November 12, 2016

A Lethal Combination

Coyote and badger at Black-footed Ferret Conservation Center
in northern Colorado. Kimberly Fraser, USFWS
A US Fish and Wildlife Service staffer got a series of pictures of a coyote and a badger hunting together, which are published on the USFWS Open Spaces blog.
Each partner in this unlikely duo brings a skill the other one lacks. Together they are both faster and better diggers than the burrowing rodents they hunt.

These partnerships tend to emerge during the warmer months. In the winter, the badger can dig up hibernating prey as it sleeps in its burrow. It has no need for the fleet-footed coyote.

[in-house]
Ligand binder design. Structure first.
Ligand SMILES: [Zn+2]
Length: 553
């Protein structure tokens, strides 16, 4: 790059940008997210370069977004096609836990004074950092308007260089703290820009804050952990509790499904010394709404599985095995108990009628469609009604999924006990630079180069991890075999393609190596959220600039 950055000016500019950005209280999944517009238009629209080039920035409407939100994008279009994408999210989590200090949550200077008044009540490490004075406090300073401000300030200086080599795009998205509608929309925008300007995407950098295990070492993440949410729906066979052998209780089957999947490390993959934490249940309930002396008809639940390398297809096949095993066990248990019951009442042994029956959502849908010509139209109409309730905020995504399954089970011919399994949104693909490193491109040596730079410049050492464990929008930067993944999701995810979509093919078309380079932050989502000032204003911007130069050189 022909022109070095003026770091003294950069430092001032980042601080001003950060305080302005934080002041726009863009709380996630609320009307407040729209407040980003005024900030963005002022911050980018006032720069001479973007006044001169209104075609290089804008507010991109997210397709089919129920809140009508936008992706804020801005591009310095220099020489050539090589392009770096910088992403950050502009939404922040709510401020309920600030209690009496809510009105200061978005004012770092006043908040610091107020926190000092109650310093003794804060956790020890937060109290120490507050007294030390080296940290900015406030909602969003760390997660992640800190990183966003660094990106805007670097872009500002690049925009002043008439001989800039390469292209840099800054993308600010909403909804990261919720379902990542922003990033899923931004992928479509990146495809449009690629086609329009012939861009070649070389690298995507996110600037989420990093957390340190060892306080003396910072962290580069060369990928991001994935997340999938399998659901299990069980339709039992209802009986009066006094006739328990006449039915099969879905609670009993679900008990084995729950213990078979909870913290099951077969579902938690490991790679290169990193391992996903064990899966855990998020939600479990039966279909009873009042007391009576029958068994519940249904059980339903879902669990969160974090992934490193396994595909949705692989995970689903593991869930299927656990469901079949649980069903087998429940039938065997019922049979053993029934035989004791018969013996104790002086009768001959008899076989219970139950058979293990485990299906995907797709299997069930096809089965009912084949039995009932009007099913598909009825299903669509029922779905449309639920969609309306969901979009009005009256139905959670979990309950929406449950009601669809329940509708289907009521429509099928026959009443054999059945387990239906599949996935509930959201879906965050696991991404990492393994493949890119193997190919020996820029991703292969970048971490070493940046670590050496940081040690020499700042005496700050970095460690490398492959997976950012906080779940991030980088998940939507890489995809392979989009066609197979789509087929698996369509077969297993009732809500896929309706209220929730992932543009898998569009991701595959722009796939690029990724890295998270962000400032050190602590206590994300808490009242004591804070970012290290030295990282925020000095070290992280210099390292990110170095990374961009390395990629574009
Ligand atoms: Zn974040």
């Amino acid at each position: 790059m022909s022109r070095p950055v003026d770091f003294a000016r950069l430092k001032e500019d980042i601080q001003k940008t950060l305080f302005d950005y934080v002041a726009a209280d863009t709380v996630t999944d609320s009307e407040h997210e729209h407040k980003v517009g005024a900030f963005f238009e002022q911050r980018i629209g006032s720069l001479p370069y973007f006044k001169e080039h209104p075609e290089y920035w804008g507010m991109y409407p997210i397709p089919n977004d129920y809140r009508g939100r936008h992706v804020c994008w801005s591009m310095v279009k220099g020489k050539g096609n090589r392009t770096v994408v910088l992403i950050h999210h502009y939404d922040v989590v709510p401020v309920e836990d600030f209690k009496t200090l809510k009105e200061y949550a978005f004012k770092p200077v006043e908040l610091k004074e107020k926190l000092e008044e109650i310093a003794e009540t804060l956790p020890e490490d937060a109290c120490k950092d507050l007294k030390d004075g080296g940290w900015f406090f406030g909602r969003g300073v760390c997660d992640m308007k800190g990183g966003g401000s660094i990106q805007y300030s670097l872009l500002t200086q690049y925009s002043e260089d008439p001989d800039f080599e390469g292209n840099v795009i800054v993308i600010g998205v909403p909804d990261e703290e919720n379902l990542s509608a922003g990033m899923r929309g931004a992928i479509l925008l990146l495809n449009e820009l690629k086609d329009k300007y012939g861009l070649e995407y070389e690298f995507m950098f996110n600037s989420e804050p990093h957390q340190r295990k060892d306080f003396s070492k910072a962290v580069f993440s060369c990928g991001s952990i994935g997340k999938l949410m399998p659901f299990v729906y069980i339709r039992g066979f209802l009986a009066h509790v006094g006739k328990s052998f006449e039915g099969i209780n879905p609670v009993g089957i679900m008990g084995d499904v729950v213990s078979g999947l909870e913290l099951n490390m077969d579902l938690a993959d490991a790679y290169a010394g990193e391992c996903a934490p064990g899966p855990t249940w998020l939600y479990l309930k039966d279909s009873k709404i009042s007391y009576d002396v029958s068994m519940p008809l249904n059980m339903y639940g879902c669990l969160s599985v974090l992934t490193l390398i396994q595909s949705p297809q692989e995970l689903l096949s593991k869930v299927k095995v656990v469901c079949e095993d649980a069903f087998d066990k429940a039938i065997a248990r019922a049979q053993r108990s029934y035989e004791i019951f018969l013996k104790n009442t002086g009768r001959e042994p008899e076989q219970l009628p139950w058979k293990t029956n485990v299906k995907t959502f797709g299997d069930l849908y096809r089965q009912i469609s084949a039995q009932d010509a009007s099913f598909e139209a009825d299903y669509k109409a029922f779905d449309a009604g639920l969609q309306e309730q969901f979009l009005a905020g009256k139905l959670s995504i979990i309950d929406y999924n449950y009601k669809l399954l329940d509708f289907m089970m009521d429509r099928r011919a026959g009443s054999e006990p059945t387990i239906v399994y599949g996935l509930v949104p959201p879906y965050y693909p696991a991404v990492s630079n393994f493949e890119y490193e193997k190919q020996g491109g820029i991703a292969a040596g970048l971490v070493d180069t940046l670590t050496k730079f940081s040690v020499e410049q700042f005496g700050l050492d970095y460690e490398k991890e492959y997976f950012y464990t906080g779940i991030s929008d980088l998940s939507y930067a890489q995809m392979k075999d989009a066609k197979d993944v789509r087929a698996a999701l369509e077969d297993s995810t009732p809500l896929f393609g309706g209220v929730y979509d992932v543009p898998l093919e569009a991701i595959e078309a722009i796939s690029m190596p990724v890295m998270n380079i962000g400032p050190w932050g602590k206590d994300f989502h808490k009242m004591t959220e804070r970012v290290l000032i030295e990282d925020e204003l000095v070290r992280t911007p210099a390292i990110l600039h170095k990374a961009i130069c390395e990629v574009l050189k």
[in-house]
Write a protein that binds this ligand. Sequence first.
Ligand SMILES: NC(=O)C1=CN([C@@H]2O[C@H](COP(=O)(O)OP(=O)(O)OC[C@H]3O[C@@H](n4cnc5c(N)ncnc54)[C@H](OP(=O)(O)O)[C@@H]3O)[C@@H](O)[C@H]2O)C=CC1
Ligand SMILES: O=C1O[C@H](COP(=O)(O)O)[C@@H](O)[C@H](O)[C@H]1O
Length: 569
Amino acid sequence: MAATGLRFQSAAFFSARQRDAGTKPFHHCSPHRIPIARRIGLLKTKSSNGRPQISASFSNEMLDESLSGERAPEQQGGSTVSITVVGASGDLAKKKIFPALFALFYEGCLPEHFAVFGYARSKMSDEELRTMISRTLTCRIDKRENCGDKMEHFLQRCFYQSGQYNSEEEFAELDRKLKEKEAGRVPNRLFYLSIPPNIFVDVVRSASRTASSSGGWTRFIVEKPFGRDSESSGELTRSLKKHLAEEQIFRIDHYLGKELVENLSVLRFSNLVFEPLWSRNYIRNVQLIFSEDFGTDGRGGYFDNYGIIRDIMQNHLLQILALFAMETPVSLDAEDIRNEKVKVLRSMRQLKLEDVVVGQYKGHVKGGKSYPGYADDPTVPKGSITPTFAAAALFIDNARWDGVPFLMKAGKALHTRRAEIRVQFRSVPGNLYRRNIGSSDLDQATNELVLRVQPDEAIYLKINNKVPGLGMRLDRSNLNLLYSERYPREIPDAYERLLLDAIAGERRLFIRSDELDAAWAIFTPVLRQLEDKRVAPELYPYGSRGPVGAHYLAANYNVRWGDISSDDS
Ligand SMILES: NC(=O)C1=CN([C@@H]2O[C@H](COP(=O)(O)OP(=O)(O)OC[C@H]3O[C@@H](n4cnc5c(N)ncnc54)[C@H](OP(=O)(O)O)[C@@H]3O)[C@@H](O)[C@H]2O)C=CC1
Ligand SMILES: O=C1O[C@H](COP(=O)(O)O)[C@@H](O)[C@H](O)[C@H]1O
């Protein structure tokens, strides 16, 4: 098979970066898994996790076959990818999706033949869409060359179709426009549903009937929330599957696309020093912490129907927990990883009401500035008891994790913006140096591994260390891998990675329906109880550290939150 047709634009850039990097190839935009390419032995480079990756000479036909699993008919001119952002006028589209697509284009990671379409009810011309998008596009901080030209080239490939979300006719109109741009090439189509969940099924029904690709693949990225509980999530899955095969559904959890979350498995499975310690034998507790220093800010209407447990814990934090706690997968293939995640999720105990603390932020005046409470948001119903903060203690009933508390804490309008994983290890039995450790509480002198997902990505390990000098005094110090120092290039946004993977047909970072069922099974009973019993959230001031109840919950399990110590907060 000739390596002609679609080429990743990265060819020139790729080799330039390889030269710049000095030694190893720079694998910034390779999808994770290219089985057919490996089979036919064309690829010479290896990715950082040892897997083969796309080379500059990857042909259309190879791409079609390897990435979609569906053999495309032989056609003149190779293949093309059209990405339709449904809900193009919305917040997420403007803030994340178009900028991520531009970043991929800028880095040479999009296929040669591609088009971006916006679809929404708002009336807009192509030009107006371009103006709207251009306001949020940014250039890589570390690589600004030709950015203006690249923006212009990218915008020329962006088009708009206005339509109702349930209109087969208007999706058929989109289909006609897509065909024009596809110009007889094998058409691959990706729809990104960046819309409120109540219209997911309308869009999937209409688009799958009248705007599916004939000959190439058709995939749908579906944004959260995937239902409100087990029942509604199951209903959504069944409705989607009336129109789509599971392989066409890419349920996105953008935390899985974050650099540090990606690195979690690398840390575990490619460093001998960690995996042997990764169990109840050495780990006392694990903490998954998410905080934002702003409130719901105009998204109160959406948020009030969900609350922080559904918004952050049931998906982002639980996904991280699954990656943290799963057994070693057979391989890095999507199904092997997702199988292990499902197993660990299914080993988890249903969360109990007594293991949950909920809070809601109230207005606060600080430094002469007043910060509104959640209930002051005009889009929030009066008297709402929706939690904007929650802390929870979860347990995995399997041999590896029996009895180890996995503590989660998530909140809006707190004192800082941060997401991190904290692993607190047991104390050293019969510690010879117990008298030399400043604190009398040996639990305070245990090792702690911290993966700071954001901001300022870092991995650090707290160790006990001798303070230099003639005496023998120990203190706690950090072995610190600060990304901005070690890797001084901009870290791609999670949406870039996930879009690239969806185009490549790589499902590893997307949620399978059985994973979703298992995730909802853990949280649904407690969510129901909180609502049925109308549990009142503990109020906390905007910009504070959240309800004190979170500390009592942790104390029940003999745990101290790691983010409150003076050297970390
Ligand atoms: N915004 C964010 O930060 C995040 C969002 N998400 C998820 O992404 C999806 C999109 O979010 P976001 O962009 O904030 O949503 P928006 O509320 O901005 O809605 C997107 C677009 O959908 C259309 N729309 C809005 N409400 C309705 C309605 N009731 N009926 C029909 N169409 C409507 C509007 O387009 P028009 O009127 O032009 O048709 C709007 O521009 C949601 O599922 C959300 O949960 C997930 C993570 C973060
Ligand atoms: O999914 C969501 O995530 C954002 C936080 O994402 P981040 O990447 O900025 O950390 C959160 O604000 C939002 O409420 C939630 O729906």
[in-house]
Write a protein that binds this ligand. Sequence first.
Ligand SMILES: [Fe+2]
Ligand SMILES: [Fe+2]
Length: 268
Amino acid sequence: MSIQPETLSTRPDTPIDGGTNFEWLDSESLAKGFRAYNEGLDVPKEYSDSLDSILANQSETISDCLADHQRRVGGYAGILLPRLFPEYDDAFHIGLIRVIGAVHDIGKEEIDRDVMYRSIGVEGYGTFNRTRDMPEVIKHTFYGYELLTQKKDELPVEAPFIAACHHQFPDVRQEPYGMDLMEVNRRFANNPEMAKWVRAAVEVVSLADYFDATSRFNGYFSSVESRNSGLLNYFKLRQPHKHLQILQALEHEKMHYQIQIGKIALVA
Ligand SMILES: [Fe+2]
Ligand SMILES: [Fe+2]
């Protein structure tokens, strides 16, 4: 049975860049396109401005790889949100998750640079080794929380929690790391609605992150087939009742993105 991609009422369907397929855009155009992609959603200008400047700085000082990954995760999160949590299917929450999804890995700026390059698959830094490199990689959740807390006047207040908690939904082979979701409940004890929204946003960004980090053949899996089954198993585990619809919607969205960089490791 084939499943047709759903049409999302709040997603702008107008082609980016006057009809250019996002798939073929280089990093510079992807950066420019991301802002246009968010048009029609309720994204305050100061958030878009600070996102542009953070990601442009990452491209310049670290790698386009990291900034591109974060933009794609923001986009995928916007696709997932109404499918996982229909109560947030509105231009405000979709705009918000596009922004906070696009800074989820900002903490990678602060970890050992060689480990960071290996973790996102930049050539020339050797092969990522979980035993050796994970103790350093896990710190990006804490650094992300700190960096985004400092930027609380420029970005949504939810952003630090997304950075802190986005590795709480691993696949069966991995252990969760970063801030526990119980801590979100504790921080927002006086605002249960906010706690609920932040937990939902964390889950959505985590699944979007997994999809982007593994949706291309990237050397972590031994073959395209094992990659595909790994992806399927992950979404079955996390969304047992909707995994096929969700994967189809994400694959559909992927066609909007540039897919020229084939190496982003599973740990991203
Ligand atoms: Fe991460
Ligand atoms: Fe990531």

Meanwhile, here in southern Colorado, I was talking this afternoon with a Colorado Parks and Wildlife employee who lives on the prairie west of Pueblo.

She said that she had seen from her house a coyote, a badger, and a harrier (hawk) apparently working together.

Domestic falconers team hawks with dogs, so why not in the wild? Probably that is where the idea came from. 


Galen Geer said...

Why not, it makes perfect sense to me.

Michele Gatton said...

My husband and I were driving a dirt road near Hartsel and saw a strange animal beside the road. As we got close, the "animal" turned out to be a golden eagle and a badger. The eagle flew across the road and the badger ran beside the road and went into its den. It came half way out of the den and relaxed on its stomach and watched us. It didn't seem stressed in any way. I've always wondered what they were doing together. Maybe they were eating something together?

Woody Meristem said...

Have heard about such activity, but it's neat to see visual proof that it happens.